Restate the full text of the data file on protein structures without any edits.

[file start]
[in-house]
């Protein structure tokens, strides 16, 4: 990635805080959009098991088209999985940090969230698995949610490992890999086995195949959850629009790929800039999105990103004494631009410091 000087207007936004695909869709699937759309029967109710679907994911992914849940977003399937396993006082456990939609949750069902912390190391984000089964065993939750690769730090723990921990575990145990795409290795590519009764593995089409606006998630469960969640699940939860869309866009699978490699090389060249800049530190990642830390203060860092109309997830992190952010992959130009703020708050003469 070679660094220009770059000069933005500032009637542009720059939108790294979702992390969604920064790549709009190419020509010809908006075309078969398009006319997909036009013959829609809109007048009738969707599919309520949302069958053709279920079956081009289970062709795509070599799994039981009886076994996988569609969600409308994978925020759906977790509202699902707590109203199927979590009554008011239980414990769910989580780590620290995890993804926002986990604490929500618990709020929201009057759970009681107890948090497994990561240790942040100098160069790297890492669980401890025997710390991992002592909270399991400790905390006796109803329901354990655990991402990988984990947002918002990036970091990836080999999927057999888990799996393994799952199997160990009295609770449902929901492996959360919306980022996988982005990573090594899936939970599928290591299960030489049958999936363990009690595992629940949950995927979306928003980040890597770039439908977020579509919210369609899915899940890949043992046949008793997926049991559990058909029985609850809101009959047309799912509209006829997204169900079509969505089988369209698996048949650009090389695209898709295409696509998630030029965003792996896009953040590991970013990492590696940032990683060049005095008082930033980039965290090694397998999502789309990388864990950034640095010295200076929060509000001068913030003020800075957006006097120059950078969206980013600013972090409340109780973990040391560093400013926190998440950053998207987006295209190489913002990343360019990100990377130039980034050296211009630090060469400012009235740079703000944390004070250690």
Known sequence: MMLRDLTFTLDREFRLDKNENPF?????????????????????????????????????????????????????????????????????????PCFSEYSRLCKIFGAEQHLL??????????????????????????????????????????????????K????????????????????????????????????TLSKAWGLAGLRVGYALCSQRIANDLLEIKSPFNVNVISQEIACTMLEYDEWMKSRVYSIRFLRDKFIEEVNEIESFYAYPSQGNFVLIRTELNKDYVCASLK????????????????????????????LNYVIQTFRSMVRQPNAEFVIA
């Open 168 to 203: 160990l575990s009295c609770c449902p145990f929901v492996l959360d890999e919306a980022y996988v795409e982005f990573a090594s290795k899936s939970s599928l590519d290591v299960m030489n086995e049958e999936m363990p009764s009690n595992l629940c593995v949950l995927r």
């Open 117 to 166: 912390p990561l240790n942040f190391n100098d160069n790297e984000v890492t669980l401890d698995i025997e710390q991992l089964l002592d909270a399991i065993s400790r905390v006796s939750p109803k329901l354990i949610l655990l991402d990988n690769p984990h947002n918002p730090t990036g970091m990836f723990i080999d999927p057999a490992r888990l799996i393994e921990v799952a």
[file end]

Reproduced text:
[in-house]
């Protein structure tokens, strides 16, 4: 990635805080959009098991088209999985940090969230698995949610490992890999086995195949959850629009790929800039999105990103004494631009410091 000087207007936004695909869709699937759309029967109710679907994911992914849940977003399937396993006082456990939609949750069902912390190391984000089964065993939750690769730090723990921990575990145990795409290795590519009764593995089409606006998630469960969640699940939860869309866009699978490699090389060249800049530190990642830390203060860092109309997830992190952010992959130009703020708050003469 070679660094220009770059000069933005500032009637542009720059939108790294979702992390969604920064790549709009190419020509010809908006075309078969398009006319997909036009013959829609809109007048009738969707599919309520949302069958053709279920079956081009289970062709795509070599799994039981009886076994996988569609969600409308994978925020759906977790509202699902707590109203199927979590009554008011239980414990769910989580780590620290995890993804926002986990604490929500618990709020929201009057759970009681107890948090497994990561240790942040100098160069790297890492669980401890025997710390991992002592909270399991400790905390006796109803329901354990655990991402990988984990947002918002990036970091990836080999999927057999888990799996393994799952199997160990009295609770449902929901492996959360919306980022996988982005990573090594899936939970599928290591299960030489049958999936363990009690595992629940949950995927979306928003980040890597770039439908977020579509919210369609899915899940890949043992046949008793997926049991559990058909029985609850809101009959047309799912509209006829997204169900079509969505089988369209698996048949650009090389695209898709295409696509998630030029965003792996896009953040590991970013990492590696940032990683060049005095008082930033980039965290090694397998999502789309990388864990950034640095010295200076929060509000001068913030003020800075957006006097120059950078969206980013600013972090409340109780973990040391560093400013926190998440950053998207987006295209190489913002990343360019990100990377130039980034050296211009630090060469400012009235740079703000944390004070250690």
Known sequence: MMLRDLTFTLDREFRLDKNENPF?????????????????????????????????????????????????????????????????????????PCFSEYSRLCKIFGAEQHLL??????????????????????????????????????????????????K????????????????????????????????????TLSKAWGLAGLRVGYALCSQRIANDLLEIKSPFNVNVISQEIACTMLEYDEWMKSRVYSIRFLRDKFIEEVNEIESFYAYPSQGNFVLIRTELNKDYVCASLK????????????????????????????LNYVIQTFRSMVRQPNAEFVIA
């Open 168 to 203: 160990l575990s009295c609770c449902p145990f929901v492996l959360d890999e919306a980022y996988v795409e982005f990573a090594s290795k899936s939970s599928l590519d290591v299960m030489n086995e049958e999936m363990p009764s009690n595992l629940c593995v949950l995927r």
């Open 117 to 166: 912390p990561l240790n942040f190391n100098d160069n790297e984000v890492t669980l401890d698995i025997e710390q991992l089964l002592d909270a399991i065993s400790r905390v006796s939750p109803k329901l354990i949610l655990l991402d990988n690769p984990h947002n918002p730090t990036g970091m990836f723990i080999d999927p057999a490992r888990l799996i393994e921990v799952a």